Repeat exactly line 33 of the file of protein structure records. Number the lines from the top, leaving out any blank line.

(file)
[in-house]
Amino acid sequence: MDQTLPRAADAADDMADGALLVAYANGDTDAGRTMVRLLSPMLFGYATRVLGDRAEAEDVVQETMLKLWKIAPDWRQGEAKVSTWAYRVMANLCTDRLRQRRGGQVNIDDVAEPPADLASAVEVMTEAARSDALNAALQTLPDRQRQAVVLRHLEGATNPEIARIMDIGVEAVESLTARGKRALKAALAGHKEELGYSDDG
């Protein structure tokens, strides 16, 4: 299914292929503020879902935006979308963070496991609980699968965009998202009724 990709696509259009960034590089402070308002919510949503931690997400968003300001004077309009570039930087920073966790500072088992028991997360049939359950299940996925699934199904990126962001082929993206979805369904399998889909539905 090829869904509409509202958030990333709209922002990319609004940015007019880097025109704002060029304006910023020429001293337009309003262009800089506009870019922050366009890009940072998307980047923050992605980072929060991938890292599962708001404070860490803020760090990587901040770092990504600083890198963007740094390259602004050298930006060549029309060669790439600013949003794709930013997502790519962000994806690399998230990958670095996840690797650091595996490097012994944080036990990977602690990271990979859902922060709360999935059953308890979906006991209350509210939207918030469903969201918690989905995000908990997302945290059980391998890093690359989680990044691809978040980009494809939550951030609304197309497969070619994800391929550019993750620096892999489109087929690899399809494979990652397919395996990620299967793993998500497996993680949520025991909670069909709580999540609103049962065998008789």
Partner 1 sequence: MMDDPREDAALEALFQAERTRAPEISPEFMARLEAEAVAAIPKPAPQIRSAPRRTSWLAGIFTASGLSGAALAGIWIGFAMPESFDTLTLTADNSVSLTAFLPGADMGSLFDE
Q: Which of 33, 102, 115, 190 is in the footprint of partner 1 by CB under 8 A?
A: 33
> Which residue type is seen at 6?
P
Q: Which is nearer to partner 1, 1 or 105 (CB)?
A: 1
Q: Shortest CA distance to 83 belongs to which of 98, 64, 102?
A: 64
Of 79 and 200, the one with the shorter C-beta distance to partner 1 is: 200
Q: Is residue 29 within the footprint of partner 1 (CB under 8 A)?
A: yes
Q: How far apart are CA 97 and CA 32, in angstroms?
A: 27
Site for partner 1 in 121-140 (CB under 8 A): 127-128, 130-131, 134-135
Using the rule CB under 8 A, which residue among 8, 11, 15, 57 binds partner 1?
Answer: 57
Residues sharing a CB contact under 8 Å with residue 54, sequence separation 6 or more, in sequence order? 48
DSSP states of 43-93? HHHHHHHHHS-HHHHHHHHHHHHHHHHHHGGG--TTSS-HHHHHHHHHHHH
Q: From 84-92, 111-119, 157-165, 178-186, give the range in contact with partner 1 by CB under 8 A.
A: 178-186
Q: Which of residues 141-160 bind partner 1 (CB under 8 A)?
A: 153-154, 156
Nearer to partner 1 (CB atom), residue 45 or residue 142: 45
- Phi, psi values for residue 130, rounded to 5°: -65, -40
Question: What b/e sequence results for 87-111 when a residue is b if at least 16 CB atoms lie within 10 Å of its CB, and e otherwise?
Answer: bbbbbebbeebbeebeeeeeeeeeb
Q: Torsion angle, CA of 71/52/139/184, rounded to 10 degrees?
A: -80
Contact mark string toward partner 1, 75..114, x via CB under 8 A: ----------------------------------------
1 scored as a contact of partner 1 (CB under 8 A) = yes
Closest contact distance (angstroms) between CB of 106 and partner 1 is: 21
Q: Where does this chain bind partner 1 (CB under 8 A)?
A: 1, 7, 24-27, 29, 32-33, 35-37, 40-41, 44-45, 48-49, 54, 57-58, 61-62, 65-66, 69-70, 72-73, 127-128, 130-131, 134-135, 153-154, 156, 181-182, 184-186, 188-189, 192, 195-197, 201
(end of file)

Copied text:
Contact mark string toward partner 1, 75..114, x via CB under 8 A: ----------------------------------------